A long, straight wire with a circular cross section of radius R carries a current I. Assume that the current density is not constant across

Question

A long, straight wire with a circular cross section of radius R carries a current I. Assume that the current density is not constant across the cross section of the wire, but rather varies as J=αrJ=αr, where αα is a constant.
(a) By the requirement that J integrated over the cross section of the wire gives the total current I, calculate the constant αα in terms of I and R.
(b) Use Ampere’s law to calculate the magnetic field B(r) for (i) r≤Rr≤R and (ii) r≥Rr≥R. Express your answers in terms of I.

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Huyền Thanh 1 year 2021-08-18T17:53:33+00:00 1 Answers 679 views 0

Answers ( )

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    2021-08-18T17:55:10+00:00

    Answer: (a) α = [tex]\frac{3I}{2.\pi.R^{3}}[/tex]

    (b) For r≤R: B(r) = μ_0.[tex](\frac{I.r^{2}}{2.\pi.R^{3}})[/tex]

    For r≥R: B(r) = μ_0.[tex](\frac{I}{2.\pi.r})[/tex]

    Explanation:

    (a) The current I enclosed in a straight wire with current density not constant is calculated by:

    [tex]I_{c} = \int {J} \, dA[/tex]

    where:

    dA is the cross section.

    In this case, a circular cross section of radius R, so it translates as:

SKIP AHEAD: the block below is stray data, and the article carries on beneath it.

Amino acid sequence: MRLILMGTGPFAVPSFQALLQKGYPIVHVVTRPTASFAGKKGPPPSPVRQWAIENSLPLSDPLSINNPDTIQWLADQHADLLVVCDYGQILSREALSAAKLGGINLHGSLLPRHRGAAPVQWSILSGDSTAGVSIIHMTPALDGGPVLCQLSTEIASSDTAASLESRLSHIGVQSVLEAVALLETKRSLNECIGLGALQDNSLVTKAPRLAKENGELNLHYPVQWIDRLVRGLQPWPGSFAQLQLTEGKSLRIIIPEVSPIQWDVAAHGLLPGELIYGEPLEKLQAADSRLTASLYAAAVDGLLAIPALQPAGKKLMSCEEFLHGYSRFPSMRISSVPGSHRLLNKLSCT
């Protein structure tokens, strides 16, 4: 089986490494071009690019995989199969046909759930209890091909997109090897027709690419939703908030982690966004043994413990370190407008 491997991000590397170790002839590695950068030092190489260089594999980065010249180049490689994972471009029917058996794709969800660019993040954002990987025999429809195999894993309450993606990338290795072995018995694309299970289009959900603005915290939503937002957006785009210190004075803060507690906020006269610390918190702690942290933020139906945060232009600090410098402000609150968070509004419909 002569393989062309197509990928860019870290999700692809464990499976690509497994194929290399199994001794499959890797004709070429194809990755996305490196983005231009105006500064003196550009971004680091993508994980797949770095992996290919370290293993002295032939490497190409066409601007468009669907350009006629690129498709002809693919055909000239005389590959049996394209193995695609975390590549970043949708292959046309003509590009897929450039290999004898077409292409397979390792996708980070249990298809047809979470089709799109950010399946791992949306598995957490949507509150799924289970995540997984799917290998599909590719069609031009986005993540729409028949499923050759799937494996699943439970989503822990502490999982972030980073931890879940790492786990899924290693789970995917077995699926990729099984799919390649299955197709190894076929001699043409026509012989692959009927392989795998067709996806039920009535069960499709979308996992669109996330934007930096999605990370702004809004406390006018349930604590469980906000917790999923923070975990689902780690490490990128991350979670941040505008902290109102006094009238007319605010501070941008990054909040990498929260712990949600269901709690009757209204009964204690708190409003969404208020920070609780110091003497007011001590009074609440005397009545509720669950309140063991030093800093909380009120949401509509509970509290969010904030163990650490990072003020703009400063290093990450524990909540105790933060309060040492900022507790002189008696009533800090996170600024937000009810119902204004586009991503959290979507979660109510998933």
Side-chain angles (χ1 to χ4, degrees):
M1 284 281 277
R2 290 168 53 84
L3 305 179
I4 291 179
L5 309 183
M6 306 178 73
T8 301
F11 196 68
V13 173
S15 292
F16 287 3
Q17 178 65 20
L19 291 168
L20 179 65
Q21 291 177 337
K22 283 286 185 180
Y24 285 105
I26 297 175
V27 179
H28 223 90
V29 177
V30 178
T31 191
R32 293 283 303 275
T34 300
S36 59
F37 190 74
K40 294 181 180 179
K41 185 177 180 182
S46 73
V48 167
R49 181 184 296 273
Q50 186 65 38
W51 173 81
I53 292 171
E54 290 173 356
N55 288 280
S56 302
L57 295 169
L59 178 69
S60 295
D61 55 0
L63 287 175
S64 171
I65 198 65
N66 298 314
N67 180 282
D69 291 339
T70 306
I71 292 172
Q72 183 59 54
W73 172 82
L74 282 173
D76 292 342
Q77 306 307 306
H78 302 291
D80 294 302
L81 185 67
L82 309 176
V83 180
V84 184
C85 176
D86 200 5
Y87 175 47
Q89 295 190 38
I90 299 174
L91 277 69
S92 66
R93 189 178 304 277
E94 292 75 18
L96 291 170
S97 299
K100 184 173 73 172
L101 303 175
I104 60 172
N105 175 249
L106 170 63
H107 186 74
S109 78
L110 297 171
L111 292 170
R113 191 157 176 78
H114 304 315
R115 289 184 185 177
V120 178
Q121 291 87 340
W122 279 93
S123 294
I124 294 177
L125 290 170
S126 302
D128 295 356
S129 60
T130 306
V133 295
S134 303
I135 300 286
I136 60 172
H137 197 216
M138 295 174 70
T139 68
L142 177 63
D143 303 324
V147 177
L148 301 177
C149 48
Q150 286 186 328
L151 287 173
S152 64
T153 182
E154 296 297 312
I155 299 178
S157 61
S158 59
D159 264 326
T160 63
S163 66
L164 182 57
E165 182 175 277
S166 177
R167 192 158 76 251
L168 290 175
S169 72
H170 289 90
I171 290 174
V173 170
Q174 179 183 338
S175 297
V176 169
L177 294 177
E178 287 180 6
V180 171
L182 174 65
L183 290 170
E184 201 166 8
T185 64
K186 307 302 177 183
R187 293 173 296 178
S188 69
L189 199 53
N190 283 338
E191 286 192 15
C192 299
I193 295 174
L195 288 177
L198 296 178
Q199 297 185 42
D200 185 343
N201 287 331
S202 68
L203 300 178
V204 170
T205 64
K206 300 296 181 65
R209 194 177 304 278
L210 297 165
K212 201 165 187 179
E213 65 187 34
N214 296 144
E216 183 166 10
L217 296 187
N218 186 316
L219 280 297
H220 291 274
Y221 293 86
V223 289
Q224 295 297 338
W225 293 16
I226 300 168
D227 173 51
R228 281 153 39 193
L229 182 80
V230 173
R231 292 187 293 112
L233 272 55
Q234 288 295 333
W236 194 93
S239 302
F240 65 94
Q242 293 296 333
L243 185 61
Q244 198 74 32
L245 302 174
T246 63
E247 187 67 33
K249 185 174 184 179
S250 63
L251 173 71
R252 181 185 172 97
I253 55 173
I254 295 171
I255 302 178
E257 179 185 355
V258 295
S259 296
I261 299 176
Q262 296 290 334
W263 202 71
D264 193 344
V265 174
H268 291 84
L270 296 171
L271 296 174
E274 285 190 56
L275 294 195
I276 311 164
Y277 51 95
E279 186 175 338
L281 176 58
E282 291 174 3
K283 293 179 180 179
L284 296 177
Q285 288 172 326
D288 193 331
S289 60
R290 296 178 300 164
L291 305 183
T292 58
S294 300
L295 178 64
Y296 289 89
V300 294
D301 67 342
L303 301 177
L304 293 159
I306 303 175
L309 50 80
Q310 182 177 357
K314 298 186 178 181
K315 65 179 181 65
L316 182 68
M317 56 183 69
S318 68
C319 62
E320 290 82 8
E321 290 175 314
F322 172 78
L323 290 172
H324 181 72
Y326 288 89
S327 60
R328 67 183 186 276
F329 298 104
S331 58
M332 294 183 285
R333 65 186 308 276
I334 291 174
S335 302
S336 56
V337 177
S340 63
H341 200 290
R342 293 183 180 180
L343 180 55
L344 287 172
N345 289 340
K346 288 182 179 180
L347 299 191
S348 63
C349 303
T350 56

[tex]I_{c} = \int\limits^R_0 {\alpha.r.2.\pi.r } \, dr[/tex]

    [tex]I_{c} = 2.\pi.\alpha \int\limits^R_0 {r^{2}} \, dr[/tex]

    [tex]I_{c} = 2.\pi.\alpha.\frac{r^{3}}{3}[/tex]

    [tex]\alpha = \frac{3I}{2.\pi.R^{3}}[/tex]

    For these circunstances, α = [tex]\frac{3I}{2.\pi.R^{3}}[/tex]

    (b) Ampere’s Law to calculate magnetic field B is given by:

    [tex]\int\ {B} \, dl =[/tex] μ_0.[tex]I_{c}[/tex]

    (i) First, first find [tex]I_{c}[/tex] for r ≤ R:

    [tex]I_{c} = \int\limits^r_0 {\alpha.r.2\pi.r} \, dr[/tex]

    [tex]I_{c} = 2.\pi.\frac{3I}{2.\pi.R^{3}} \int\limits^r_0 {r^{2}} \, dr[/tex]

    [tex]I_{c} = \frac{I}{R^{3}}\int\limits^r_0 {r^{2}} \, dr[/tex]

    [tex]I_{c} = \frac{3I}{R^{3}}\frac{r^{3}}{3}[/tex]

    [tex]I_{c} = \frac{I.r^{3}}{R^{3}}[/tex]

    Calculating B(r), using Ampere’s Law:

    [tex]\int\ {B} \, dl =[/tex] μ_0.[tex]I_{c}[/tex]

    [tex]B.2.\pi.r = (\frac{Ir^{3}}{R^{3}} )[/tex].μ_0

    B(r) = [tex](\frac{Ir^{3}}{R^{3}2.\pi.r})[/tex].μ_0

    B(r) = [tex](\frac{Ir^{2}}{2.\pi.R^{3}} )[/tex].μ_0

    For r ≤ R, magnetic field is B(r) = [tex](\frac{Ir^{2}}{2.\pi.R^{3}} )[/tex].μ_0

    (ii) For r ≥ R:

    [tex]I_{c} = \int\limits^R_0 {\alpha.2,\pi.r.r} \, dr[/tex]

    So, as calculated before:

    [tex]I_{c} = \frac{3I}{R^{3}}\frac{R^{3}}{3}[/tex]

    [tex]I_{c} =[/tex] I

    Using Ampere:

    B.2.π.r = μ_0.I

    B(r) = [tex](\frac{I}{2.\pi.r} )[/tex].μ_0

    For r ≥ R, magnetic field is; B(r) = [tex](\frac{I}{2.\pi.r} )[/tex].μ_0.

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